Soda. Coke. Pop.
Whatever you call your carbonated beverage (it’s SODA, by the way), you’re probably already aware of how terrible it is for you. Other than rotting your teeth, it’s also a huge reason there are so many overweight people in this country. Check out this crazy story posted yesterday: Caron Butler (pictured) of the Washington Wizards was so addicted Mountain Dew that when he gave it up this summer, losing 11 lbs in the process, he went through actual withdrawals:
To try and give this up was crazy for me! I was going through withdrawals. I was in the bed sweating. My wife would turn over in the bed and ask “Are you OK?” Honestly, those first two weeks without The Dew [were] the roughest two weeks of my life. I’m talking headaches, sweats and everything. Before that I drank at least six 12-ounce Mountain Dews a day.
I know if you Google “soda weight loss,” you’ll find 2 million hits on how terrible these beverages are for you…so I won’t get into it. Instead, I wanted to take a look at the effect of DIET soda on weight loss. I know there are conflicting reports on whether or not this stuff can actually make you fat.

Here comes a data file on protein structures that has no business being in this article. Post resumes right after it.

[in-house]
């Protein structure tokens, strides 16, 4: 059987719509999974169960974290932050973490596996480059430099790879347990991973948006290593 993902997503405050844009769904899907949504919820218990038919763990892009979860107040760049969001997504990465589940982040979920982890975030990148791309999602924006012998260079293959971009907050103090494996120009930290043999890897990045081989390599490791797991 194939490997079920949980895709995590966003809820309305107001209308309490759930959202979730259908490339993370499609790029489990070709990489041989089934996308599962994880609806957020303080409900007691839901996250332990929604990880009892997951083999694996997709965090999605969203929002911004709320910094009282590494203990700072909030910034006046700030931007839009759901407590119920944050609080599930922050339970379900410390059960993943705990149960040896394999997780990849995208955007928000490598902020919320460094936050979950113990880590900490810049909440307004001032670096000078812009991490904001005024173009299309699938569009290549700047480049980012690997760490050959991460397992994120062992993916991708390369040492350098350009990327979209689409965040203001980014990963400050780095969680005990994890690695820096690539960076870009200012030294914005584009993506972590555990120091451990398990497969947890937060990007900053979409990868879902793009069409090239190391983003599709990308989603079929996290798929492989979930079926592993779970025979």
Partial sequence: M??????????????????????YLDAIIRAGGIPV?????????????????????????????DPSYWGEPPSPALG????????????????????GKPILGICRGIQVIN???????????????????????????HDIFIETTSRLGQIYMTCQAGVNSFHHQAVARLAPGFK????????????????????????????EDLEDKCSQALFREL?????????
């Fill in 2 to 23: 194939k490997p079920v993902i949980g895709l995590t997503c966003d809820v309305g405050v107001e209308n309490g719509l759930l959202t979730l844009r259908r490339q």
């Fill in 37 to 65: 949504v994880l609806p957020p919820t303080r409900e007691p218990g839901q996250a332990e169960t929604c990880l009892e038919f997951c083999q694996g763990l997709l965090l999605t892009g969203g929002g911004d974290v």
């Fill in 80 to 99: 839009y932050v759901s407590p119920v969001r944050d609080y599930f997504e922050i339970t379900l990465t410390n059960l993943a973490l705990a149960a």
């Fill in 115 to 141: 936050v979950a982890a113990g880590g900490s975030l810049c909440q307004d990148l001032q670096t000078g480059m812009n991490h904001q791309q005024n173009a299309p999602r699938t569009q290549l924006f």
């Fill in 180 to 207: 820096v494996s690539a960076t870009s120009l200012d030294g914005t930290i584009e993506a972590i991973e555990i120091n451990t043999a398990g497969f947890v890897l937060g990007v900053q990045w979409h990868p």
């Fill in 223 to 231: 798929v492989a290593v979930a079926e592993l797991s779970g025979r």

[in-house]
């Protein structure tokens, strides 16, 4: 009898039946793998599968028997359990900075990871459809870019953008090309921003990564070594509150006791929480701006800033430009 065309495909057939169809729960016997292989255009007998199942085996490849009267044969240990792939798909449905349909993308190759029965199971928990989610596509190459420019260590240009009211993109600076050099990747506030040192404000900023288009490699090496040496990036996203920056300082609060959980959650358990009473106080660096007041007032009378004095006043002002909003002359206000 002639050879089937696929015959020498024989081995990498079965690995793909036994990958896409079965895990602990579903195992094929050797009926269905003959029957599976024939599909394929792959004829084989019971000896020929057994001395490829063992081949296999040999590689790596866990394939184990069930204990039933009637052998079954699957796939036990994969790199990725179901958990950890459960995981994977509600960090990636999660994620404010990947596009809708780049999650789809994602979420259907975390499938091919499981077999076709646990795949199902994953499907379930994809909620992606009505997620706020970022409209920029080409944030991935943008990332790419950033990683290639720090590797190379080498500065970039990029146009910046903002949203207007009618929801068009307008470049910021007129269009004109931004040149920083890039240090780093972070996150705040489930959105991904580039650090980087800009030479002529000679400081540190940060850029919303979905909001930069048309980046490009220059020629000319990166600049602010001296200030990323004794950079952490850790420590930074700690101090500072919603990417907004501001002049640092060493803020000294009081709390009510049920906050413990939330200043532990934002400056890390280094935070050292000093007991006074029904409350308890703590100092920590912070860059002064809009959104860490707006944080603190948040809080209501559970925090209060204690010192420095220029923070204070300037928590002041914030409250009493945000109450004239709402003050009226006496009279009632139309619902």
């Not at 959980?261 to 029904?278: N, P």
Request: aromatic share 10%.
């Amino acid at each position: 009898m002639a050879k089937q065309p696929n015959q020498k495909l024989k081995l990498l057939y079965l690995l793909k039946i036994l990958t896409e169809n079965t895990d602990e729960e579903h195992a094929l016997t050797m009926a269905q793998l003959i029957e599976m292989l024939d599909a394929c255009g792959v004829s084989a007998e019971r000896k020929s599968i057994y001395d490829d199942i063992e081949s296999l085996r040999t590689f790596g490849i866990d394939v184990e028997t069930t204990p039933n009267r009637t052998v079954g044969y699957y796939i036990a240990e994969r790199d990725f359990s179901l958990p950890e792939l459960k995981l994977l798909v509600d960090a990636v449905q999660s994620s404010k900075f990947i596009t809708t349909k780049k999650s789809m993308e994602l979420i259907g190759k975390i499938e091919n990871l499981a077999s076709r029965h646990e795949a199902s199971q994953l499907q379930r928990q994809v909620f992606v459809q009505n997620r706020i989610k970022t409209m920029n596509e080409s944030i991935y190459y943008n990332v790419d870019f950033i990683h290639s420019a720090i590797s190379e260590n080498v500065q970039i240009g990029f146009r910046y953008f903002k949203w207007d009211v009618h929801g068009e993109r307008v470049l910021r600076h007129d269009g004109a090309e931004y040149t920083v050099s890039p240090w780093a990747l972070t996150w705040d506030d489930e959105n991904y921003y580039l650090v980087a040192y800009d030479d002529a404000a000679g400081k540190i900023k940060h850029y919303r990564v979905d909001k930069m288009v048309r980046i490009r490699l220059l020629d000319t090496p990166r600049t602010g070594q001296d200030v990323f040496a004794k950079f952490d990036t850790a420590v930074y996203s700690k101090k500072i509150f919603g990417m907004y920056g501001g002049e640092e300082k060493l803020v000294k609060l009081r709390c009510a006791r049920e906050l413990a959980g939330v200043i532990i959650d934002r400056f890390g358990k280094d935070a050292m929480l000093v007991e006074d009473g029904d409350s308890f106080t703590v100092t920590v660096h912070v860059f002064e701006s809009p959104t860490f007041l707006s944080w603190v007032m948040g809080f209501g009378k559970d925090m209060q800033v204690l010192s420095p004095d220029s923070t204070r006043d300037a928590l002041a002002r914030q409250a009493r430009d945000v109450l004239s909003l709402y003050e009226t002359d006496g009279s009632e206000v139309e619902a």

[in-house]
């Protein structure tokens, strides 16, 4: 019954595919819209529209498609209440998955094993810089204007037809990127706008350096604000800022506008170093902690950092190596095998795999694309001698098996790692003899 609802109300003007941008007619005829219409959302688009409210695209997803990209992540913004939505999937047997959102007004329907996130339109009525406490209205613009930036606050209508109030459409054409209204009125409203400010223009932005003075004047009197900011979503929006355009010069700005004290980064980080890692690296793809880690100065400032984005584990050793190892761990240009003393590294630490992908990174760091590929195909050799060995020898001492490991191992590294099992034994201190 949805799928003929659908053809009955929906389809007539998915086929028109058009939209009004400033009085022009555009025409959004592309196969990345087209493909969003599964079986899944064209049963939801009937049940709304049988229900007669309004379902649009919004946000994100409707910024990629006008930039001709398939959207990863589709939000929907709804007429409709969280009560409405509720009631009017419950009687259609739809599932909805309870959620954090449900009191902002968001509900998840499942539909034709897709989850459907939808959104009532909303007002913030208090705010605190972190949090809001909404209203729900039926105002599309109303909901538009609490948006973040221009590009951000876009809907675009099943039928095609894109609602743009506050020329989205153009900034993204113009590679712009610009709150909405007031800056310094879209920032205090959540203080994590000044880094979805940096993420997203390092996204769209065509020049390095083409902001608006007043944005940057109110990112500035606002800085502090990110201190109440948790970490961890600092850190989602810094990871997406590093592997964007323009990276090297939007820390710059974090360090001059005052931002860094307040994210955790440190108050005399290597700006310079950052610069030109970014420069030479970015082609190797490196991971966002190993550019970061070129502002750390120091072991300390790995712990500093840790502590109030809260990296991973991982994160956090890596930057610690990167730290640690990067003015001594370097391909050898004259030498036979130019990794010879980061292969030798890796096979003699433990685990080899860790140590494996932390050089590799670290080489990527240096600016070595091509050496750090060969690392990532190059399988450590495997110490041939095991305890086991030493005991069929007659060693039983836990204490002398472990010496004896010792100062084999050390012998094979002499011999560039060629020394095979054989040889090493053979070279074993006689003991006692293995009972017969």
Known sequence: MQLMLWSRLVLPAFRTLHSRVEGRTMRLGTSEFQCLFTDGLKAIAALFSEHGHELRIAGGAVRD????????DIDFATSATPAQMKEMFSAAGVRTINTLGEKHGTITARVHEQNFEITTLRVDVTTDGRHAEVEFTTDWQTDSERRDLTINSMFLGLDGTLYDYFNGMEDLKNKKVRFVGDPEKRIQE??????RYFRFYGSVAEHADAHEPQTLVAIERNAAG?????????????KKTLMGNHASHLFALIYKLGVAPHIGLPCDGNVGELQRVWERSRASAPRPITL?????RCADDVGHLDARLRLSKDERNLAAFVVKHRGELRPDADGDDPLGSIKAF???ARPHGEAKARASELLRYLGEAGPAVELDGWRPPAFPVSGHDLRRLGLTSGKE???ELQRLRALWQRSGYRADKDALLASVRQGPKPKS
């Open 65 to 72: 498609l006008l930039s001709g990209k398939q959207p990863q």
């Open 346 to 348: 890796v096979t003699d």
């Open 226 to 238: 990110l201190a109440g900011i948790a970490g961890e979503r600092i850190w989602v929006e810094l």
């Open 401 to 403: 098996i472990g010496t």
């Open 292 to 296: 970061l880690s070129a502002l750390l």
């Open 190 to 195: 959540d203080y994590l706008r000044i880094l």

My Initial Thoughts Before Research
Diet soda has zero calories (generally) and zero actual sugar, which means it can’t directly make you gain weight, right? A normal 20 oz. Coke, on the other hand, has 240 calories and 68 grams of sugar (holy ****), which definitely causes weight gain. Now, if diet soda doesn’t have calories, it can’t contribute to the calorie equation (calories consumed vs. calories burned), which means diet soda alone can’t make you bigger. However, is Diet Coke responsible for insulin spikes and increased appetite, which would indirectly cause weight gain? Time to put on my nerd researcher cap and see what I can track down.
Sources I Don’t Trust
If you look up “diet coke weight gain,” you’ll find all kinds of articles that say Diet Coke is the devil. Unfortunately, some of these articles site no sources and are written by people who are trying to sell their own supplements. Other sites say that Diet Coke is perfectly fine for you, as it has no calories and therefore no ill effect (I would guess these articles are written by people who chug DC by the gallon). As hopefully you’ve learned, not everything on the internet is true (shocking), and when it comes to fitness and diet our bodies are so complex that things are very rarely so black and white.
Sources I Do Trust
After reading some of the crazy extremist websites, I tried to track down some actual studies (and not hearsay) that could prove or disprove the effects of diet drinks. I came across this study from the San Antonio Heart Study, where the amount of diet soda consumed directly coincided with an increased chance of weight gain:
“On average, for each diet soft drink our participants drank per day, they were 65 percent more likely to become overweight during the next seven to eight years, and 41 percent more likely to become obese,” said Sharon Fowler, M.P.H., faculty associate in the division of clinical epidemiology in the Health Science Center’s department of medicine.”